WASHINGTON, April 27 The U.S. Environmental
Protection Agency said on Monday it would reconsider three
rules issued under the Bush administration that affect how
coal-fired power plants account for their air emissions.
Environmental groups said the Obama administration is
moving to reverse several loopholes created by the EPA under
the Bush administration.
"It's part of an ongoing effort by the EPA to clean up the
polluter-dominated mess it inherited from Bush," said Frank
O'Donnell, president of Clean Air Watch.
The rules under review determine when and how coal-fired
power plants account for air emissions that are not released
through a stack, vent or other confined air streams; how they
keep records on emissions; and how they account for air
emissions associated with soot when obtaining a permit.
The Sierra Club, Natural Resources Defense Council,
Earthjustice and New Jersey's attorney general petitioned the
EPA to take another look at the regulations.
"These new rules will undo some of the Bush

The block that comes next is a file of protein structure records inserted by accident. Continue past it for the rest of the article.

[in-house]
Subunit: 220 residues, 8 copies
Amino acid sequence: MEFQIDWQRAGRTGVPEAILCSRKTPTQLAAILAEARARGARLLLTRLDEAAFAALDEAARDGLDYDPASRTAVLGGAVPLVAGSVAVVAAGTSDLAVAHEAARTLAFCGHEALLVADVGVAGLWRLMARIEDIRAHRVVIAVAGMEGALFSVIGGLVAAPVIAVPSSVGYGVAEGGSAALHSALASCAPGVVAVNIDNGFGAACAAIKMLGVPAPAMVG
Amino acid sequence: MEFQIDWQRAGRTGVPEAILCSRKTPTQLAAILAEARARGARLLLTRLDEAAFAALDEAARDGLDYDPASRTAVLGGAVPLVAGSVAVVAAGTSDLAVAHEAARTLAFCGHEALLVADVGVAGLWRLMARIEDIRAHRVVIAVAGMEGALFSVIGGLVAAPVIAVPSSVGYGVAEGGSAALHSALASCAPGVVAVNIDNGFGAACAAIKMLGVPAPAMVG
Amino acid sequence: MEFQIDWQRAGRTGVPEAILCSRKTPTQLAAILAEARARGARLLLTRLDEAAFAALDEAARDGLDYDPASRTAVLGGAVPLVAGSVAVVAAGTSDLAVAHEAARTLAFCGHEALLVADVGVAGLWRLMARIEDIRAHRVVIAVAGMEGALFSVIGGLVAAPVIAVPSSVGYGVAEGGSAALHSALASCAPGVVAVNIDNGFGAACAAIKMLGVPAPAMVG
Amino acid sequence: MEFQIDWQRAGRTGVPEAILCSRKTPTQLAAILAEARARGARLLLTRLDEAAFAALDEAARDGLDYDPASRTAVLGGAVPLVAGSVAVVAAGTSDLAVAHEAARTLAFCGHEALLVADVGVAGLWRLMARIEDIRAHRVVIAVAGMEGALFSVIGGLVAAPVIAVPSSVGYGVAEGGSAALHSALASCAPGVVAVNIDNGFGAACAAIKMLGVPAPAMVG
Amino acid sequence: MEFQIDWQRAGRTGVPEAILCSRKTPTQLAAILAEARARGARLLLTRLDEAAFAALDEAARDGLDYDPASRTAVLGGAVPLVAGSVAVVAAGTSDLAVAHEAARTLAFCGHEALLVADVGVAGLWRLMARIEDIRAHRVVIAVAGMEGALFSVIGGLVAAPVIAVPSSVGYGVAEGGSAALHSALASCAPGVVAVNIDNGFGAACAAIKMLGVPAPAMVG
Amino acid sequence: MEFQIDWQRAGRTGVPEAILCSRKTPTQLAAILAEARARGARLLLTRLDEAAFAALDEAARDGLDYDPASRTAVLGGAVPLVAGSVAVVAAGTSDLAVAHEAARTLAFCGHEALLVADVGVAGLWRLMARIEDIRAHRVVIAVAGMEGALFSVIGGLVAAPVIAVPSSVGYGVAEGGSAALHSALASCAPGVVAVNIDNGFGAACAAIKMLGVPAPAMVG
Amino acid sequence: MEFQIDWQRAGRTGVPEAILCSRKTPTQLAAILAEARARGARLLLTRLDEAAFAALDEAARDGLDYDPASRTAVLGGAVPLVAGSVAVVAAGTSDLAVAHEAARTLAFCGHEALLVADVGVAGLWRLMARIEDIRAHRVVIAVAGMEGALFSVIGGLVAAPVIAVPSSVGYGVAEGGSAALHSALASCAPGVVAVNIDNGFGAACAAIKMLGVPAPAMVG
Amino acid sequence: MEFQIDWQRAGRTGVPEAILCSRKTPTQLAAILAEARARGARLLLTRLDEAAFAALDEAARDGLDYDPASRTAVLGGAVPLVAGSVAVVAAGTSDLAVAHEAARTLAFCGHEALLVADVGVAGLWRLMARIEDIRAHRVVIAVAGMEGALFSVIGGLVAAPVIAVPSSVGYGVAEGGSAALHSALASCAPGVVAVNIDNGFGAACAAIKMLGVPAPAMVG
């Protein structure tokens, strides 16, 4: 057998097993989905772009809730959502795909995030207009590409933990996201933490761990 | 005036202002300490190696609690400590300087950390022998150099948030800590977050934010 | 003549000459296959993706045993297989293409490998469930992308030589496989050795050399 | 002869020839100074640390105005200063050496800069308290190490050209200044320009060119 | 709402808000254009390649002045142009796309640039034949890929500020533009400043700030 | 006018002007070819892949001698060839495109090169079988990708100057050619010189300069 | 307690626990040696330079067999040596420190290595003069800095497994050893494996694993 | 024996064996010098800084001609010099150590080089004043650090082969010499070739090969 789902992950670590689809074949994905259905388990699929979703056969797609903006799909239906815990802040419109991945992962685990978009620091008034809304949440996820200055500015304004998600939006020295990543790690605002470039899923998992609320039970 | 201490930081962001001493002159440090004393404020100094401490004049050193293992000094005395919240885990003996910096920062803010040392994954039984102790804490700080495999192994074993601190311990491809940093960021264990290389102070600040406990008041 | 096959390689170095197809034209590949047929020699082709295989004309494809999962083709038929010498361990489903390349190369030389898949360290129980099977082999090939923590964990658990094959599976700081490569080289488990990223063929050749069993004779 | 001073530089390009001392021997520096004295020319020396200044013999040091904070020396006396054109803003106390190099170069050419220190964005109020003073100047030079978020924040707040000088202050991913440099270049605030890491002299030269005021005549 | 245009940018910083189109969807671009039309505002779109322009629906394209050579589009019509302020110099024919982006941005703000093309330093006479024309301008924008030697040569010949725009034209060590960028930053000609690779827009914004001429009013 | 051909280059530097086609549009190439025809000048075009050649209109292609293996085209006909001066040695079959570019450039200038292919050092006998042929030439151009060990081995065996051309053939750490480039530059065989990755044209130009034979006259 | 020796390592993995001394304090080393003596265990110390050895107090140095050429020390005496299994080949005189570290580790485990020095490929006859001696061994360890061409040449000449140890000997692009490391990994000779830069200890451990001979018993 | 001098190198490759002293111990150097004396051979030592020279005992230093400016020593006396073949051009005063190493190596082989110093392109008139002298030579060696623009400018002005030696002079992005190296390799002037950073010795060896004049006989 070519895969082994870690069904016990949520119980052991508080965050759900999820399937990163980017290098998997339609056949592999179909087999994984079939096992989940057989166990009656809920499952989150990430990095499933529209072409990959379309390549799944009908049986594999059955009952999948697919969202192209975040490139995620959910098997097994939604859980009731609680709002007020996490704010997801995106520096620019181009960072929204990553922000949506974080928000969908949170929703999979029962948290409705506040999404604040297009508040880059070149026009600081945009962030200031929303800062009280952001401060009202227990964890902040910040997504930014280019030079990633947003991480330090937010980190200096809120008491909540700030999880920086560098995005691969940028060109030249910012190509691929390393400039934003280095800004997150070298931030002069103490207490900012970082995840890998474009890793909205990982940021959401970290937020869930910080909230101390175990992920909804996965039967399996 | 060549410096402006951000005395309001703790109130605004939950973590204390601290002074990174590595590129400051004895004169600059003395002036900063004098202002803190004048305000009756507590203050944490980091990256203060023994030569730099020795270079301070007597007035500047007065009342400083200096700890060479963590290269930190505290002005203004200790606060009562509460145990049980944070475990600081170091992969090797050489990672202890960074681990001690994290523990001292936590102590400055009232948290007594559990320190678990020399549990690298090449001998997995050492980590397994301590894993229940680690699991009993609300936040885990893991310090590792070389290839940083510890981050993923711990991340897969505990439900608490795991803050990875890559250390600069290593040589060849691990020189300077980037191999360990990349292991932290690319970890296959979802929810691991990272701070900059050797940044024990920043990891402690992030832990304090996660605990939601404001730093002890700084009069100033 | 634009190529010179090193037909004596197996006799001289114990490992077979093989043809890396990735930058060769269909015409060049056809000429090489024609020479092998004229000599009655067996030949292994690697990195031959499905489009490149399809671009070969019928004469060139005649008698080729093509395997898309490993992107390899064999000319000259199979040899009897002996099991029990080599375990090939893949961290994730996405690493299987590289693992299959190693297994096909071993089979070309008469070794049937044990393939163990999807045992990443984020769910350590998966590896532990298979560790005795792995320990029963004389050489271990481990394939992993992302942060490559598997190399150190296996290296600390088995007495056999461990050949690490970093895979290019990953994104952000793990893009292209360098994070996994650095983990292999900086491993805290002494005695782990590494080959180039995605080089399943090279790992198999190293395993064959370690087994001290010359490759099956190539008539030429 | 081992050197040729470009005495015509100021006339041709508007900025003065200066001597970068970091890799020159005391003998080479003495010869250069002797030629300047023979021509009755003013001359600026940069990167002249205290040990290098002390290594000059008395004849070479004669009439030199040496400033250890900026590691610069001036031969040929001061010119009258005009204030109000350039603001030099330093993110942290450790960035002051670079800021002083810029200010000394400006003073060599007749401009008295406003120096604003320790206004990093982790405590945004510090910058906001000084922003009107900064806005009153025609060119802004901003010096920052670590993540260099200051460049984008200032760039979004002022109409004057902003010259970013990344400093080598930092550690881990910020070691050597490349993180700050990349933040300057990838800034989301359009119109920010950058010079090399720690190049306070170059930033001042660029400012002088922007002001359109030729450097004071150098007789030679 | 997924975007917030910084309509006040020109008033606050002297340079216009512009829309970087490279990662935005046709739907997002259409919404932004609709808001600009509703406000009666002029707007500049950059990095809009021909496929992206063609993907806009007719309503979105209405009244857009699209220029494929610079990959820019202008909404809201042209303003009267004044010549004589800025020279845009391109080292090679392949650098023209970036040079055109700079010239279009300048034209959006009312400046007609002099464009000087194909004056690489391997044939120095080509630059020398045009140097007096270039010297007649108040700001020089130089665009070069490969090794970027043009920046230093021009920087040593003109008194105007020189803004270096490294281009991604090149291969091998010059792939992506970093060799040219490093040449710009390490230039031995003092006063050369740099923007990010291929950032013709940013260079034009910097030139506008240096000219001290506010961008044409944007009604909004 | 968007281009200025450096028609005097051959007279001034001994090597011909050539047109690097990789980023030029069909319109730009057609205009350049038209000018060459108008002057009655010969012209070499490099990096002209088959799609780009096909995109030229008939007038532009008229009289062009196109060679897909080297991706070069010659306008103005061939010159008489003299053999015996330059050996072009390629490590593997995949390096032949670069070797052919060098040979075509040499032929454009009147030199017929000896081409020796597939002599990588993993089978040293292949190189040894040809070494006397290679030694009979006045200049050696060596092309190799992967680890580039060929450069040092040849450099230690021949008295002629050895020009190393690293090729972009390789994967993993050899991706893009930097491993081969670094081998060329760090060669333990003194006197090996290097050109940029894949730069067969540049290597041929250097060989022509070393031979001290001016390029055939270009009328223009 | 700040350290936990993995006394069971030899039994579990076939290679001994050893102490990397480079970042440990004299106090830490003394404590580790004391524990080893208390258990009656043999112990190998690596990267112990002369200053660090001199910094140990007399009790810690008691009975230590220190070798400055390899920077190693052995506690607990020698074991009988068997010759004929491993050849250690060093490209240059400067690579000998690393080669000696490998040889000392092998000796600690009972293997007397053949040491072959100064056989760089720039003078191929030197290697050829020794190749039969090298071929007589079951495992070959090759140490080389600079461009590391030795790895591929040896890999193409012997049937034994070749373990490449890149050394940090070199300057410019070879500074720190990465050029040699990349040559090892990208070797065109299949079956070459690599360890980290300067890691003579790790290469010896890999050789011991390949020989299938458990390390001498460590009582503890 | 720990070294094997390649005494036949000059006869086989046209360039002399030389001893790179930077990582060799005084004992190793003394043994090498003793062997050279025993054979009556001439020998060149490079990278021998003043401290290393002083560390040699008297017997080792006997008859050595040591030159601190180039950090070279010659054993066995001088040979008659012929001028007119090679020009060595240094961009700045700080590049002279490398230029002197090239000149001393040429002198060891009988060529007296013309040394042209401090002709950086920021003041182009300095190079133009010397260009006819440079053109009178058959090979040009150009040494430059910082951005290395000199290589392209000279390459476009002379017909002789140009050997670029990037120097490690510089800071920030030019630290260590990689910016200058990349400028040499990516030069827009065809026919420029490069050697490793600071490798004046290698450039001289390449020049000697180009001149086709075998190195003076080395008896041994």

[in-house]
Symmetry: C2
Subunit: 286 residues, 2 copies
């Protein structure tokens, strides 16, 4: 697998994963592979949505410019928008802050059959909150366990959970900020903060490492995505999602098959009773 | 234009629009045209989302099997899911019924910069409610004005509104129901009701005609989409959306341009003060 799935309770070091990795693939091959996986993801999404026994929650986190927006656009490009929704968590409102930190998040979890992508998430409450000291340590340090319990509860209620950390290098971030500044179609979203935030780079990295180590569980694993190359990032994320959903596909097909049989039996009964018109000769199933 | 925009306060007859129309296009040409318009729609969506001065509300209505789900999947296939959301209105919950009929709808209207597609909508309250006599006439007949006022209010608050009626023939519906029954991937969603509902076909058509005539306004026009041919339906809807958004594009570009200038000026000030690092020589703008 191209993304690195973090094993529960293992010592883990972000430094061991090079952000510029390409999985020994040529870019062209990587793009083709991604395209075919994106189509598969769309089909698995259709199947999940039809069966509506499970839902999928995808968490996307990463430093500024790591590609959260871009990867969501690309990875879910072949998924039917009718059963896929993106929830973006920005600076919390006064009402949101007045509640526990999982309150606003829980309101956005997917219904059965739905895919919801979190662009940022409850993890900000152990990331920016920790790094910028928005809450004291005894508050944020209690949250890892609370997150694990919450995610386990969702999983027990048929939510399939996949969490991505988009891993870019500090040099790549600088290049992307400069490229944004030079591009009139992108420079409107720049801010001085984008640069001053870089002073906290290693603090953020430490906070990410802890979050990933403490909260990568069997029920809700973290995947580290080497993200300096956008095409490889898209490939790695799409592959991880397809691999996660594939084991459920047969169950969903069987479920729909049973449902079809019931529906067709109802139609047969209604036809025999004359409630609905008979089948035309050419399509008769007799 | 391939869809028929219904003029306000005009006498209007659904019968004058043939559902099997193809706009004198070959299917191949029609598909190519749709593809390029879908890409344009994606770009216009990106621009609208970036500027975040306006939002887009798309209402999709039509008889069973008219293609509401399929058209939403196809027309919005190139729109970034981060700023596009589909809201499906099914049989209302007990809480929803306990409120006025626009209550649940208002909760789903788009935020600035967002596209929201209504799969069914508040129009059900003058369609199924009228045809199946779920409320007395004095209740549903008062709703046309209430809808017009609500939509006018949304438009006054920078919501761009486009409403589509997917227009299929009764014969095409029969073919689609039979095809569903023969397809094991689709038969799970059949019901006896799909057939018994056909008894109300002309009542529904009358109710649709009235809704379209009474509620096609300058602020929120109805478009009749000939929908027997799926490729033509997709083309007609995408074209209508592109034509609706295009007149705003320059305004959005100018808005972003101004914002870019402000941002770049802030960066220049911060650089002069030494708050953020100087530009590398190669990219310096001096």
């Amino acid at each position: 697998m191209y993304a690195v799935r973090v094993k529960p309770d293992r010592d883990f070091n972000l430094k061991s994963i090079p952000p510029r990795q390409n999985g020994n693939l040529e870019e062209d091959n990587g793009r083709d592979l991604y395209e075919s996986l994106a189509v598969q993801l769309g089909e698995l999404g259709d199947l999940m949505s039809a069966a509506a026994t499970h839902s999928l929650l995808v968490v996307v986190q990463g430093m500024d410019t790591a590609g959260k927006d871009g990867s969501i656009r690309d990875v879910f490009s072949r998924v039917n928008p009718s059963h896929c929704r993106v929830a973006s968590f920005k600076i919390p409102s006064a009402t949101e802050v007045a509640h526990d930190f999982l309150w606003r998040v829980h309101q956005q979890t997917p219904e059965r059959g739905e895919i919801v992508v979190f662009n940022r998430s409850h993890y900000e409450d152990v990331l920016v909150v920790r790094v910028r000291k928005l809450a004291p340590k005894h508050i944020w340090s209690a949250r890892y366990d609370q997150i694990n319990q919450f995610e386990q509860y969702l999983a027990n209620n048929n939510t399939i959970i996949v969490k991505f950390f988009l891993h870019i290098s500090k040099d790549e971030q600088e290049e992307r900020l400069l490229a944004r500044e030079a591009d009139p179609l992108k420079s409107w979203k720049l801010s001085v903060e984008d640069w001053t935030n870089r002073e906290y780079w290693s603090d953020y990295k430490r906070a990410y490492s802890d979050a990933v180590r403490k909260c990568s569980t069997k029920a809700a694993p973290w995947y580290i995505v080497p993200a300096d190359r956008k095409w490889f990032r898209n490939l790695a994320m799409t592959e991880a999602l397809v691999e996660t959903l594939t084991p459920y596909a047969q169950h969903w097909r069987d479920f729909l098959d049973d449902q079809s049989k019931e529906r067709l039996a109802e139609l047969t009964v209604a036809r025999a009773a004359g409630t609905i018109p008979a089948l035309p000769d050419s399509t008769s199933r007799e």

administration's plans to undermine the new source review
program so that old coal-fired power plants could evade
stricter pollution controls when extending the life of the
plant," said Dan Weiss, an energy expert at the Center for
The EPA said it was reconsidering the rules to make sure
the public has a chance to review any recent changes that would
affect the new source review program. The program requires
power plants and other industrial factories to install
pollution-fighting equipment when ramping up output or
The agency said it will soon publish a notice in the
Federal Register on changing certain aspects of each of the
(reporting by Tom Doggett; Editing by David Gregorio)